The recent record-breaking cold temperatures in Florida are now sending shock waves across the US – in the form of higher produce prices, and with shortages of vegetables like tomatoes, peppers, strawberries and other crops. I was reminded of this watching HLN this morning while on the dreadmill at the gym. It’s on the news everywhere.
I feel for the growers, whose livelihood is threatened by crop damage and losses. Rising prices won’t help if you have no crop to sell. I also feel for restaurant owners, who are scrambling to find alternate sources and absorbing higher costs while trying to not raise prices and drive away customers in an already fragile economy.
But how did our food system ever get in this shape, where a hiccup in Florida (or California) is felt by folks hundreds or thousands of miles away? How did we come to expect a slice of tomato on our Burger Doodle sandwich, even though it’s the middle of winter, and the tomato is going to be bland and tasteless anyway? And don’t get me going on the food poisoning scares of recent years involving spinach, tomatoes, peppers and other foods. Food safety is a whole other issue, for another day perhaps.
Am I the only one that sees the irony in all this?
After all, I don’t think it’s normal for a person like me, living in the Midwest, to expect fresh warm-season vegetables all year round. A trip to the grocery will quickly reveal how far some of the produce there has traveled, and how it isn’t really fresh – at least not by my definition.
For example, on a recent trip to Sam’s Club to buy some staples, I noticed that the “fresh” asparagus came from Mexico and the pea pods and green beans came from Guatemala. I passed on them.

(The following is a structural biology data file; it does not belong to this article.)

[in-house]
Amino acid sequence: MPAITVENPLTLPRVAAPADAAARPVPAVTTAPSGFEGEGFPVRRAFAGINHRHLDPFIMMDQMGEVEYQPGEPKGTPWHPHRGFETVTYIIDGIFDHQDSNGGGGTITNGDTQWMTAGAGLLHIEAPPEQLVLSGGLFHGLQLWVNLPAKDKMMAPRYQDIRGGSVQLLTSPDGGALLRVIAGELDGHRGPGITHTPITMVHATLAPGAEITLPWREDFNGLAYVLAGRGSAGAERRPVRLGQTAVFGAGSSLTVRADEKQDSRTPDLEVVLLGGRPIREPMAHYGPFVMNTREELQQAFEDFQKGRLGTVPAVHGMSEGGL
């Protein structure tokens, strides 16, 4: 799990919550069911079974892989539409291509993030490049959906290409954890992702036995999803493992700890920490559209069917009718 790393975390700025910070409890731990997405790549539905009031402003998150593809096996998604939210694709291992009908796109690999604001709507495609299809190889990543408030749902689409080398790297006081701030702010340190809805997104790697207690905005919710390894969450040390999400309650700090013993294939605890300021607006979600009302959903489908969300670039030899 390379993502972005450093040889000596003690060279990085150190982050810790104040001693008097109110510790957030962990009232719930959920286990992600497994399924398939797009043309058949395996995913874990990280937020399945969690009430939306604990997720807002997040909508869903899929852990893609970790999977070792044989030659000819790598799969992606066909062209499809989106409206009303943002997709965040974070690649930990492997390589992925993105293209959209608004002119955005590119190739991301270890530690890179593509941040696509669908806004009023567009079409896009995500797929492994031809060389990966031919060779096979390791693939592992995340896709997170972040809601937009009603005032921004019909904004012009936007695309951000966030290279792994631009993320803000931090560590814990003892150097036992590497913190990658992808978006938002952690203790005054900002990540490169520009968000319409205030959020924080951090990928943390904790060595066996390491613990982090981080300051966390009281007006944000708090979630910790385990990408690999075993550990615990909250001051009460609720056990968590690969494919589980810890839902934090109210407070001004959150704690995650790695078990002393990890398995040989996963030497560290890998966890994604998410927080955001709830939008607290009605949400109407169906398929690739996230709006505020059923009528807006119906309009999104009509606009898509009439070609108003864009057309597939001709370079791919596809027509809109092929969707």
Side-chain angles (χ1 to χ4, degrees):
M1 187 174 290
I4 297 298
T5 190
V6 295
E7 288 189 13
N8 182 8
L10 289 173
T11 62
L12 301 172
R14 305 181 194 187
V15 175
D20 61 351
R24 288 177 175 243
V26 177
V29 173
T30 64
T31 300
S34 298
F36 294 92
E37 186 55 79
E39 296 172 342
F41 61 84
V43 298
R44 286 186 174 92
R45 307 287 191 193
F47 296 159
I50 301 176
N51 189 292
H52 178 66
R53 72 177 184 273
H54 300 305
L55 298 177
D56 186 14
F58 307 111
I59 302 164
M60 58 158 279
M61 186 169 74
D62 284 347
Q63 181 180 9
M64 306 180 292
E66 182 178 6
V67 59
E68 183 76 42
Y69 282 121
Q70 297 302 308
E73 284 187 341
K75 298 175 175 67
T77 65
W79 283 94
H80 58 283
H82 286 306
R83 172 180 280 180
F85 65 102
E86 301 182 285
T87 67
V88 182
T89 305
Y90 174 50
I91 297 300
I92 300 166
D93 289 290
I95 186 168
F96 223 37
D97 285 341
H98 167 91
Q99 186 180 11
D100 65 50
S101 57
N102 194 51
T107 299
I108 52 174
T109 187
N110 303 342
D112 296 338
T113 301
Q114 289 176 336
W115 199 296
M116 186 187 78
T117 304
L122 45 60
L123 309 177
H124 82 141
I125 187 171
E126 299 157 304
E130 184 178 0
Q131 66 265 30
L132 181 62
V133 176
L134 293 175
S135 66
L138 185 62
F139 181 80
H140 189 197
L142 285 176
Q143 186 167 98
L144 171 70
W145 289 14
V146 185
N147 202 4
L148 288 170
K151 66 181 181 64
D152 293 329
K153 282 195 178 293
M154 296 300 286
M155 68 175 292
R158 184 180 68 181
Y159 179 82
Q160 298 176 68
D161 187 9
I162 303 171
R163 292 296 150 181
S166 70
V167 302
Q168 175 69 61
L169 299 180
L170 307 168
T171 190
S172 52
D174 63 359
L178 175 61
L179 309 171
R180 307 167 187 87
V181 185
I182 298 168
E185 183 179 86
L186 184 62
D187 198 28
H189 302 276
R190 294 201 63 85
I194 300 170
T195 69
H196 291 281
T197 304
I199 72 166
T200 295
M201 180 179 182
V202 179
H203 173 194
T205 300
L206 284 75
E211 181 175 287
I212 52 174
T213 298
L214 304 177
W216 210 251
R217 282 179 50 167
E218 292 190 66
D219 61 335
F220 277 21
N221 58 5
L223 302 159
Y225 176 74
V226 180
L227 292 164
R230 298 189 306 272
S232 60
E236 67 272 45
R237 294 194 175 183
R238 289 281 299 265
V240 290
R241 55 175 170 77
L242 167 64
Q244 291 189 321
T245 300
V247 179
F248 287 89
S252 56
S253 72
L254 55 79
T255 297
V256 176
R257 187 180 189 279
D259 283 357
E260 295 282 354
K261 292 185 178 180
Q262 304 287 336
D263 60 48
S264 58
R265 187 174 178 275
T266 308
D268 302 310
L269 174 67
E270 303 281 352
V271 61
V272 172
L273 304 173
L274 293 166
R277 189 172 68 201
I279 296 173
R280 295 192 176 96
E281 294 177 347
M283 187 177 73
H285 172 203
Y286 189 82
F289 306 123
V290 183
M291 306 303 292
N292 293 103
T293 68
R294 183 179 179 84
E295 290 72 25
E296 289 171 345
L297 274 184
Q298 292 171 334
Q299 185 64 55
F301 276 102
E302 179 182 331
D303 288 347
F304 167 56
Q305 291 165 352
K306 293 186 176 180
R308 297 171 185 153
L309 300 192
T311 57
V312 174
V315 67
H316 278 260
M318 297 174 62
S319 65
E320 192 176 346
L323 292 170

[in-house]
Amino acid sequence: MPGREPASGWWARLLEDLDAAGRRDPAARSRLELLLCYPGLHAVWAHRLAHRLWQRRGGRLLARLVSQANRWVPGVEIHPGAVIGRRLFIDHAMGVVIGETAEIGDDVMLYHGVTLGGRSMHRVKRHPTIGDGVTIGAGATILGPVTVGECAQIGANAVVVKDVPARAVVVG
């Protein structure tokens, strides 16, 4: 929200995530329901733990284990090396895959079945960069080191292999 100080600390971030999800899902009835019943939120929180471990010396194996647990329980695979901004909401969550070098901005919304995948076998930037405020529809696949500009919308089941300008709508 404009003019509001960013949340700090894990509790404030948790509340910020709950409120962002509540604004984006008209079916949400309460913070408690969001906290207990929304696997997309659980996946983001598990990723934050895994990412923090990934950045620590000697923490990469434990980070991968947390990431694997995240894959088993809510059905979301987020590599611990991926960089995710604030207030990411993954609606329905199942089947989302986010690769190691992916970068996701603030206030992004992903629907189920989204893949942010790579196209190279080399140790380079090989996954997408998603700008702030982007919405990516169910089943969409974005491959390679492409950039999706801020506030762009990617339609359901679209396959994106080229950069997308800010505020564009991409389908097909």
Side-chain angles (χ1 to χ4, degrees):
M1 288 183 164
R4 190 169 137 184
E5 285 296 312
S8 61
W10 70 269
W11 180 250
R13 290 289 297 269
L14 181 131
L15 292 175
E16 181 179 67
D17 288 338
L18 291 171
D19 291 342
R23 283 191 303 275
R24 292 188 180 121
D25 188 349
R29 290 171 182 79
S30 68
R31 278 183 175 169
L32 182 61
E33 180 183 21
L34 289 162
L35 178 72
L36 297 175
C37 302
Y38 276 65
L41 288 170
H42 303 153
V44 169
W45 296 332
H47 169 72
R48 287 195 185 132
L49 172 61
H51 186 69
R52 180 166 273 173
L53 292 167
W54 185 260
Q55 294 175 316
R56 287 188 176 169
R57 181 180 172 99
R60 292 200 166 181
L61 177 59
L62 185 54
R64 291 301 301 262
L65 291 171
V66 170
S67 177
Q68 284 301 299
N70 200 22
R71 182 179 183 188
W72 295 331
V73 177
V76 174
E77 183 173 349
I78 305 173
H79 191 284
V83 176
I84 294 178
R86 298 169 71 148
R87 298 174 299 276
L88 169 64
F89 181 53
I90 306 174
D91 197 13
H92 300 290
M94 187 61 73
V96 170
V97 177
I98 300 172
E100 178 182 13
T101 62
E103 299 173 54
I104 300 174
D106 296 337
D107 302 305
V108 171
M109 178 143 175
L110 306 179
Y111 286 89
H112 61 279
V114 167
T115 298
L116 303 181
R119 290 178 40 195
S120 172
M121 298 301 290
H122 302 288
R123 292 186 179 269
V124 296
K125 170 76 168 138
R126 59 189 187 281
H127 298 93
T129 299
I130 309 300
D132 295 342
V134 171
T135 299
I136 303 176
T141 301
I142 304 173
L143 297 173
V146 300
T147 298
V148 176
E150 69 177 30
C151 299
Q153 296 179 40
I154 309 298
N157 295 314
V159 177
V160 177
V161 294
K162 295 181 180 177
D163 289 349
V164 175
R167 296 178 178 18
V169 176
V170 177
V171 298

But back to tomatoes. Given that it’s March, and I haven’t had a fresh tomato since maybe last November, I’m as anxious as the next person for a ripe, juicy slice of tomato. I just don’t expect to find one at the supermarket in winter! I sowed some early tomato seeds last week on March 1st, and with any luck we will get our first taste of fresh tomato by late June. Until then, we’ll make do by enjoying our dried tomatoes, and our frozen sauces, purees and other tomato products we put up last year.
I know our answer doesn’t work for everyone, but it works for us: we grow our own food, as much as we can. We enjoy what we can when it’s in season, and preserve as much as we can for the rest of the year. We try our best to buy local, though it’s not possible for all things. And it won’t be long, maybe a few weeks or so, and we’ll be enjoying fresh homegrown asparagus. I mean, really fresh asparagus, grown in our own backyard. Total transportation distance: maybe 100 feet. Time from harvest to table: minutes.
As the author of Ecclesiastes wrote, “to every thing there is a season”. Who am I to argue with that?